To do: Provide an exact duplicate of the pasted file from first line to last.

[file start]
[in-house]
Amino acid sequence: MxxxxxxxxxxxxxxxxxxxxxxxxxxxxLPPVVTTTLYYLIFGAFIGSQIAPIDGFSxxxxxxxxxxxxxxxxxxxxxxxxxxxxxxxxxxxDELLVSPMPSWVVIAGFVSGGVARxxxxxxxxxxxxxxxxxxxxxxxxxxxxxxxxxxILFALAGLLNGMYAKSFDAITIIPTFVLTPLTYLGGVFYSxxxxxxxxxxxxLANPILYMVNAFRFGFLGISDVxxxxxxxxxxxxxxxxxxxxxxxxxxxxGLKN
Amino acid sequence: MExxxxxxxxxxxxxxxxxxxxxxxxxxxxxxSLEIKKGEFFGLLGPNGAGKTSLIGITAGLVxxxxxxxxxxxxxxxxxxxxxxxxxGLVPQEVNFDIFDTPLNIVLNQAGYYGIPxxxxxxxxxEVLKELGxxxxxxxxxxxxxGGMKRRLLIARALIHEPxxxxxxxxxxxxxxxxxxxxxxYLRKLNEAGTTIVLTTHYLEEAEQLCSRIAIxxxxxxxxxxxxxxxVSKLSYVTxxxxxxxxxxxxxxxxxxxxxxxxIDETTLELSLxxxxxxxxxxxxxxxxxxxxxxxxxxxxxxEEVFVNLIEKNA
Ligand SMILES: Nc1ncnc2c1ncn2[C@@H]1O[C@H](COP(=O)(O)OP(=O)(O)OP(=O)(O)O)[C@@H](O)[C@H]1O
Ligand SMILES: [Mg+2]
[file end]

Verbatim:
[in-house]
Amino acid sequence: MxxxxxxxxxxxxxxxxxxxxxxxxxxxxLPPVVTTTLYYLIFGAFIGSQIAPIDGFSxxxxxxxxxxxxxxxxxxxxxxxxxxxxxxxxxxxDELLVSPMPSWVVIAGFVSGGVARxxxxxxxxxxxxxxxxxxxxxxxxxxxxxxxxxxILFALAGLLNGMYAKSFDAITIIPTFVLTPLTYLGGVFYSxxxxxxxxxxxxLANPILYMVNAFRFGFLGISDVxxxxxxxxxxxxxxxxxxxxxxxxxxxxGLKN
Amino acid sequence: MExxxxxxxxxxxxxxxxxxxxxxxxxxxxxxSLEIKKGEFFGLLGPNGAGKTSLIGITAGLVxxxxxxxxxxxxxxxxxxxxxxxxxGLVPQEVNFDIFDTPLNIVLNQAGYYGIPxxxxxxxxxEVLKELGxxxxxxxxxxxxxGGMKRRLLIARALIHEPxxxxxxxxxxxxxxxxxxxxxxYLRKLNEAGTTIVLTTHYLEEAEQLCSRIAIxxxxxxxxxxxxxxxVSKLSYVTxxxxxxxxxxxxxxxxxxxxxxxxIDETTLELSLxxxxxxxxxxxxxxxxxxxxxxxxxxxxxxEEVFVNLIEKNA
Ligand SMILES: Nc1ncnc2c1ncn2[C@@H]1O[C@H](COP(=O)(O)OP(=O)(O)OP(=O)(O)O)[C@@H](O)[C@H]1O
Ligand SMILES: [Mg+2]